Get the relationships right between elements in your garden, to maximise efficiency and abundance, writes Bena Denton
I love gardening. Even more, I enjoy the satisfaction of surveying a lush, productive landscape… maybe even more than eating the produce! … Until my fresh basil goes onto our pizza, or I look down at my plate and see that this evening everything is from our garden – that’s the ultimate!
So where do you start on your journey to a rewarding, edible garden that’s going to succeed? So many gardens are set up to (gulp) fail. Most likely the planning and design stage has been missed and that’s unfortunate because it’s the fun part (for me). It’s much easier to rub out a pencil tree than dig up an actual tree and move it (three times).
Let’s assume you have a clean slate, or your existing garden needs an overhaul. What are all the “infrastructure elements” your garden will need? Infrastructure is just a fancy way of saying things like compost bins, hothouses and chook coops…it tends to be the “hard stuff” but can also be permanent “soft stuff” like shelter or access ways… things that need to be considered right at the start.
This infrastructure has requirements unique to you and your site. For example, you may like to feed the chooks as you head off to work, so the coop may be best placed near the car parking area – logical. What we are talking about is maximising the functional relationships between infrastructure elements, with a synergistic result.
Here are some things you can do to get started…
First, list all the infrastructure elements you would like to fit into your garden.
Draw a wee sketch of your garden, it doesn’t have to be perfect. Try an easy scale like every 1cm on paper = 1m in real life. On another piece of paper, draw up the elements to the same scale. Cut them out. These can be moved around your sketch to explore positions without having to re-draw.
Shelter is a permanent element. Where are your prevailing winds coming from? In Taranaki it’s often the westerly, but the south-easter can be a shocker too, so position shelter to filter these winds. In an urban environment this may only be as tall as flaxes and hebes, which make great wind breaks.
For a family of four, allow for 20-40sqm to grow all your own veges, or even just begin with a 1x1m herb garden. One handful of herbs in your dinner supplies the bulk of your daily vitamin and mineral needs. Plants require 6hrs of winter sun to photosynthesize, so the vege patch gets the sunniest, prime position. If possible, place it close to the back door or off the deck (convert that lawn!). My experience is, if you see it you will maintain it and eat it.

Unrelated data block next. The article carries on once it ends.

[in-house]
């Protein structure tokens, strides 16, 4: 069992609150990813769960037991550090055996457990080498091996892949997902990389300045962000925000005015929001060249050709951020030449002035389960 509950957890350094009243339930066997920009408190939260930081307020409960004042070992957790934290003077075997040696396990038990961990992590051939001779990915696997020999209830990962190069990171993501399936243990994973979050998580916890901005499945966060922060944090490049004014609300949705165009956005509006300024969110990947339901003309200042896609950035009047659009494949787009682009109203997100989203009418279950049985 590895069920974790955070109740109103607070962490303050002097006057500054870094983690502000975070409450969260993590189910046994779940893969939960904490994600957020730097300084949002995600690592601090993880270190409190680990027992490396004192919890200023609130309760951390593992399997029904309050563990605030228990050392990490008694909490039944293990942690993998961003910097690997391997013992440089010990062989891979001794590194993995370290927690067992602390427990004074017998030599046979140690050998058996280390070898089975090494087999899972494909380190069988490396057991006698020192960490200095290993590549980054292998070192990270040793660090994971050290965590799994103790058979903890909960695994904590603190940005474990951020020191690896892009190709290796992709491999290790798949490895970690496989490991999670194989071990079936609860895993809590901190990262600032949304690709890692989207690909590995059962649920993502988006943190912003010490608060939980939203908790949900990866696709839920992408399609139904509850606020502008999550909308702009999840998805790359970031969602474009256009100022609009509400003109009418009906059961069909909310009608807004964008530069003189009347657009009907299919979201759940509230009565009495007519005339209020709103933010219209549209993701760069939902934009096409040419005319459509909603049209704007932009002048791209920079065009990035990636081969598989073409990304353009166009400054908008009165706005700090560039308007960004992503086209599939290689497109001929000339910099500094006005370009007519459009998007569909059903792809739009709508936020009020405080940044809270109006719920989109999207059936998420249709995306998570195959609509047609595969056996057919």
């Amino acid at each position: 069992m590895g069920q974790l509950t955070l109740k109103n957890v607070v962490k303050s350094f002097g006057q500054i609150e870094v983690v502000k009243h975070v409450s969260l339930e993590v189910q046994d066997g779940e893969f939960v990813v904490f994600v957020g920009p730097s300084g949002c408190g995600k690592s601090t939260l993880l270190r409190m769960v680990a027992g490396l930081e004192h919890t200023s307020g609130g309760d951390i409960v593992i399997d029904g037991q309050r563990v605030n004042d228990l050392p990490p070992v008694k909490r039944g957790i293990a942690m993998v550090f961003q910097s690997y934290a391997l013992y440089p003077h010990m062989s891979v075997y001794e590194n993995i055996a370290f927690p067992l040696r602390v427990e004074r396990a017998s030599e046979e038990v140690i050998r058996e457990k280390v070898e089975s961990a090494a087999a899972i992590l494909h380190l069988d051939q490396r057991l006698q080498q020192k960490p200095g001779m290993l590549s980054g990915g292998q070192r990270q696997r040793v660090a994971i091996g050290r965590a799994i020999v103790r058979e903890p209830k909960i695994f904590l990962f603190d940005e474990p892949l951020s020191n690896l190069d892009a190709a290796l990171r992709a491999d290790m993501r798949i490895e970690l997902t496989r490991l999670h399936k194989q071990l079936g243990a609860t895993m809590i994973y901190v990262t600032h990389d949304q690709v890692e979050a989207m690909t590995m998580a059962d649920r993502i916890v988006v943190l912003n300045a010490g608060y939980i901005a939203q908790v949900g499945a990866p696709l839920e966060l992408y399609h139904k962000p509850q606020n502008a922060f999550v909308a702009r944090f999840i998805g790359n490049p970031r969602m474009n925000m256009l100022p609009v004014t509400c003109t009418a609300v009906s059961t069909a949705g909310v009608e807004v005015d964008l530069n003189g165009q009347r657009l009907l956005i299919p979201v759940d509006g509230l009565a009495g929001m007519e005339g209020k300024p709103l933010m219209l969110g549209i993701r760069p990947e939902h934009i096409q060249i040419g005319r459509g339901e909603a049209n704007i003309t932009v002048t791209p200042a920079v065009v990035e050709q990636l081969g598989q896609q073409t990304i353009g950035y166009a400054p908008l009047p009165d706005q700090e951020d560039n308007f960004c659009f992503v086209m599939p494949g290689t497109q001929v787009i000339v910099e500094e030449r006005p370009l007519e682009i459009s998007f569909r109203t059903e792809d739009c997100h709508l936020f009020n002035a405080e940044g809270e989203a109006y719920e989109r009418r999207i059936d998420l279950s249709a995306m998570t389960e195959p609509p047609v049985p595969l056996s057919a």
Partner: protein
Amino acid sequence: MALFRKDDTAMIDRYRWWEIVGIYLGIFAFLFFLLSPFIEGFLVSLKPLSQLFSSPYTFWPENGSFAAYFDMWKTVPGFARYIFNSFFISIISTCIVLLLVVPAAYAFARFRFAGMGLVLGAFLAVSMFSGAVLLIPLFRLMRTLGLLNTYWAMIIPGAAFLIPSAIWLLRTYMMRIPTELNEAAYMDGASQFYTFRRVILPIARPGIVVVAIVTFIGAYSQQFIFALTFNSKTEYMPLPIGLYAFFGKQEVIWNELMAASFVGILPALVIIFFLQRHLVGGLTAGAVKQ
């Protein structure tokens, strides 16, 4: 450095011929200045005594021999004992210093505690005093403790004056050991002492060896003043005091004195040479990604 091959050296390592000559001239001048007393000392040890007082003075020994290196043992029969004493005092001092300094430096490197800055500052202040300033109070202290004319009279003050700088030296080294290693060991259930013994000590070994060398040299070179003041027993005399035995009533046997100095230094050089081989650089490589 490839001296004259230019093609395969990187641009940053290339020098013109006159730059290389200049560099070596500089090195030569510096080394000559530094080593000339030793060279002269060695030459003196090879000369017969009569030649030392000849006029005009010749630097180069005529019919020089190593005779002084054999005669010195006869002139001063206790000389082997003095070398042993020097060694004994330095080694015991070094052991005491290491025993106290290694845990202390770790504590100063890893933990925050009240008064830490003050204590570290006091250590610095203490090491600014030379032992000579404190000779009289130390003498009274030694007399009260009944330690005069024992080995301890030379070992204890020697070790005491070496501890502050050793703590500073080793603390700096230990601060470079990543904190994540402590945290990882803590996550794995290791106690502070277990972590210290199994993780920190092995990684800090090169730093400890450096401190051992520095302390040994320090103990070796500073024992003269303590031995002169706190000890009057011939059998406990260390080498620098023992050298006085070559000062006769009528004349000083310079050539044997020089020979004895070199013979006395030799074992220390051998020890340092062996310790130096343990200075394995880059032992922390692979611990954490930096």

Orchards and food forests can be a little further away from the house as you may only visit once a week. Fruit trees require 6hrs of summer sun, and evergreen trees will also need 6hrs of winter sun, so choose spots carefully.
Chooks are well worth considering. All productive gardens need nutrients, and chooks are the ultimate recyclers of garden waste. They are valuable just for the nitrogen in their poop! Place the chook coop where you can easily feed and collect eggs daily, ideally uphill of your vege patch to allow nutrients to percolate downhill and fertilise your patch. Consider a straw yard so the chooks make your compost.
Position a compost heap close to where you may bring in resources like seaweed, cardboard boxes, or woodchip for carbon. Again, uphill of the vege patch or orchard is ideal for nutrients to seep, and for easy shovelling into the garden itself.
If you are investing in a rainwater tank, position it high in the landscape so you can gravity feed, even when there is a power cut. If you are on town supply, water meters are not far away so future proof now.
Looped paths (as opposed to dead ends) increase efficiency, as you can undertake a number of tasks in one walk, such as feeding the chooks, bringing in the washing, and picking herbs for dinner.
Remember to include elements like a washing line, woodshed, cold frames, seedling beds and garden shed.
Gardens are for enjoying … so do include those elements that make you feel good, whether it’s a swing for the children or a beautiful maple to sit under. Feed the soul as well as the tummy!
Bena Denton is an ecological garden designer and is part of the GreenBridge team. She lives with her family in Omata and is enjoying developing their 10acre property.